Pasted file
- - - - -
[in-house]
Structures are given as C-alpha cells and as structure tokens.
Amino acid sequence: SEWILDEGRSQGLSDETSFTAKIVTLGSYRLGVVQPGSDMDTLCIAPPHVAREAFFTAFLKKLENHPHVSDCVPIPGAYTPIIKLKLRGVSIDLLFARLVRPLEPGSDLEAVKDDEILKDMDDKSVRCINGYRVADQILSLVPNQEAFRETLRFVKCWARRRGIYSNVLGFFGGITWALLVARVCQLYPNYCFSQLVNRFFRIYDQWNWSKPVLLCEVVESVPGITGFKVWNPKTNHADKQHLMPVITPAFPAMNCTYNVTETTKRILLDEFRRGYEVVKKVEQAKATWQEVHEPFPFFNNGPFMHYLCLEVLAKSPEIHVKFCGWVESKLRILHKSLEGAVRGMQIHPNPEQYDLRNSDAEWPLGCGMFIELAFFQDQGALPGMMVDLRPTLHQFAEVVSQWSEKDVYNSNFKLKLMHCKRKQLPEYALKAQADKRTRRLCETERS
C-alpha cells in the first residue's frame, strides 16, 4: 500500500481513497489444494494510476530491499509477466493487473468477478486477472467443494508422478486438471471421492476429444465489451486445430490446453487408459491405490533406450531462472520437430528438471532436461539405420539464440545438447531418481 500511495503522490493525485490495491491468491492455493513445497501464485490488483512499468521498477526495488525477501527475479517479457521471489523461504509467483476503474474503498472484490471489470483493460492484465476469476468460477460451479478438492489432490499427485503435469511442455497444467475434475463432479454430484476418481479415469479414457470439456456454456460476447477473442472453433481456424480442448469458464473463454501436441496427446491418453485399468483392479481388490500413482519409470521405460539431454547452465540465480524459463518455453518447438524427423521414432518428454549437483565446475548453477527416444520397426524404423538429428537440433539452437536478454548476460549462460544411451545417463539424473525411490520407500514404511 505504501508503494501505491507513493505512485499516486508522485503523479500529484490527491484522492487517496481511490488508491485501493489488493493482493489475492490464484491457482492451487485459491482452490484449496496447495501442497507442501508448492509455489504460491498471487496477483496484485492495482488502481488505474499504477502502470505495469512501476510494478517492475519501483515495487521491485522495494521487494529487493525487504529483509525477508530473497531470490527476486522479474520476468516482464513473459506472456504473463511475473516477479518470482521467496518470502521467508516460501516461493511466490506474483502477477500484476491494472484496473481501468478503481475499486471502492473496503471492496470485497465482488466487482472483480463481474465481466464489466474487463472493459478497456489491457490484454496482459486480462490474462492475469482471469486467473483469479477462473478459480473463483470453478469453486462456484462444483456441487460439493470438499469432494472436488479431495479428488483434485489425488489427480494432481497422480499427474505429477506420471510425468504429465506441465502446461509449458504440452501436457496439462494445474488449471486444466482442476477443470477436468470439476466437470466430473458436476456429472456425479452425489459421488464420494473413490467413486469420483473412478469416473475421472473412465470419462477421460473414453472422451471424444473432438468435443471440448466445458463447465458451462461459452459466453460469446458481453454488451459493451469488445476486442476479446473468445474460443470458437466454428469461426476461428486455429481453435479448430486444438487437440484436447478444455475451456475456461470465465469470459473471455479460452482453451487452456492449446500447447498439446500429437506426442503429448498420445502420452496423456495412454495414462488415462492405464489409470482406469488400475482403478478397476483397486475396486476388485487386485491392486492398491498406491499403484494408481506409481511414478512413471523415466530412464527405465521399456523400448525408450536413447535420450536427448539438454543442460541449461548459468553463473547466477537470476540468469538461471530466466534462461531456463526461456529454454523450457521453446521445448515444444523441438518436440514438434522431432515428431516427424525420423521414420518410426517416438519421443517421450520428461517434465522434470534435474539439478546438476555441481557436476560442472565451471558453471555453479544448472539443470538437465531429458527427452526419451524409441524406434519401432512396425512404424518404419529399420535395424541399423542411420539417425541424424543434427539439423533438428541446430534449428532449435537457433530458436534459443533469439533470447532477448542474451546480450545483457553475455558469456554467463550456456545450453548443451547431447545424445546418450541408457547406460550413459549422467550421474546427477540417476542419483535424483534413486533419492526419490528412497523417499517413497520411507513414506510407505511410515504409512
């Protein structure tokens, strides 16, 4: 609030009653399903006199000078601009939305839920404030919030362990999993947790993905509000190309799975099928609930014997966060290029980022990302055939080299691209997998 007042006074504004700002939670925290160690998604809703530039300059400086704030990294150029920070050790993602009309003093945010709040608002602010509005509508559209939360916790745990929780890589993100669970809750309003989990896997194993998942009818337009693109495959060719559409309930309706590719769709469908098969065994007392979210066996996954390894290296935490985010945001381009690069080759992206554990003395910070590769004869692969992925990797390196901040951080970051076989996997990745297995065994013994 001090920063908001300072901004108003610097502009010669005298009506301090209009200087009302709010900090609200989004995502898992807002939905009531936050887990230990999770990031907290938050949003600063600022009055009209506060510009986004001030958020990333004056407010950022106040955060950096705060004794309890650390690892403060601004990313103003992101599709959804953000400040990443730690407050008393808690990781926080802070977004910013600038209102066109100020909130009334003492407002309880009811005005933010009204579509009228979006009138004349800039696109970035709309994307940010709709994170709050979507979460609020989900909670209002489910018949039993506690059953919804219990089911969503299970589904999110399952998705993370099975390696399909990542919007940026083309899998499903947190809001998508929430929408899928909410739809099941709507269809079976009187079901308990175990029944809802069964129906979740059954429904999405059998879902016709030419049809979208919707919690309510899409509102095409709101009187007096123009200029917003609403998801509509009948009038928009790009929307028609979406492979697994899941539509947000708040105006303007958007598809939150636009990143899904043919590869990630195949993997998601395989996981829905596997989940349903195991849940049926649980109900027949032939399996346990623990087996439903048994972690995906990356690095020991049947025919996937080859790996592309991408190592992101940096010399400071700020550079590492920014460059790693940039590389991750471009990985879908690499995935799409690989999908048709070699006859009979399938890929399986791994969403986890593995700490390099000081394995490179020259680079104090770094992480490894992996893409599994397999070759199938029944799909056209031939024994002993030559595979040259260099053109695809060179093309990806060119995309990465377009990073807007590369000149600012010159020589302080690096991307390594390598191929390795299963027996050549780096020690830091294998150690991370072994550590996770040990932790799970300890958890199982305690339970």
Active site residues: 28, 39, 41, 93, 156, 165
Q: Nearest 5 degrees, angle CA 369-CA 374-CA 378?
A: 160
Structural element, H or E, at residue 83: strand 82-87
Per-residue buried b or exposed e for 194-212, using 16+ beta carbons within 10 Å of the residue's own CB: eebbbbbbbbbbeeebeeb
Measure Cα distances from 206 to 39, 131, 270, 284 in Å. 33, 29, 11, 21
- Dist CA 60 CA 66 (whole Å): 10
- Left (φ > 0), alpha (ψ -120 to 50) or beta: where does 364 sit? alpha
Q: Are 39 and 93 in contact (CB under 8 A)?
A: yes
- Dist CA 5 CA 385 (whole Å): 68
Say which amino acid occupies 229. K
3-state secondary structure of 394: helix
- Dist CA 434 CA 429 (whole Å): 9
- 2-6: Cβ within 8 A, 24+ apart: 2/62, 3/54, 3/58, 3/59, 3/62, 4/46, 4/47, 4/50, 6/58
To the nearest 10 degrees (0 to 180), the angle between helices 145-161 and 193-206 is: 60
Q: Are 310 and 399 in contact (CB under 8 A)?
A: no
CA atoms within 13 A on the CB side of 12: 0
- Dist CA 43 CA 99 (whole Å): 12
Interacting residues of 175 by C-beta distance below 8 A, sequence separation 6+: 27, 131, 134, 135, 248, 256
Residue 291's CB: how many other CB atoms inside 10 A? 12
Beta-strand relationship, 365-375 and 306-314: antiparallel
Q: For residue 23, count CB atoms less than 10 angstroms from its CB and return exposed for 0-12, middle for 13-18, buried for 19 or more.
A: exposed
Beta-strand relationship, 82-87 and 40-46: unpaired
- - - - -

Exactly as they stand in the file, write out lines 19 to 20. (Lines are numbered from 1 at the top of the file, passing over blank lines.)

- Dist CA 434 CA 429 (whole Å): 9
- 2-6: Cβ within 8 A, 24+ apart: 2/62, 3/54, 3/58, 3/59, 3/62, 4/46, 4/47, 4/50, 6/58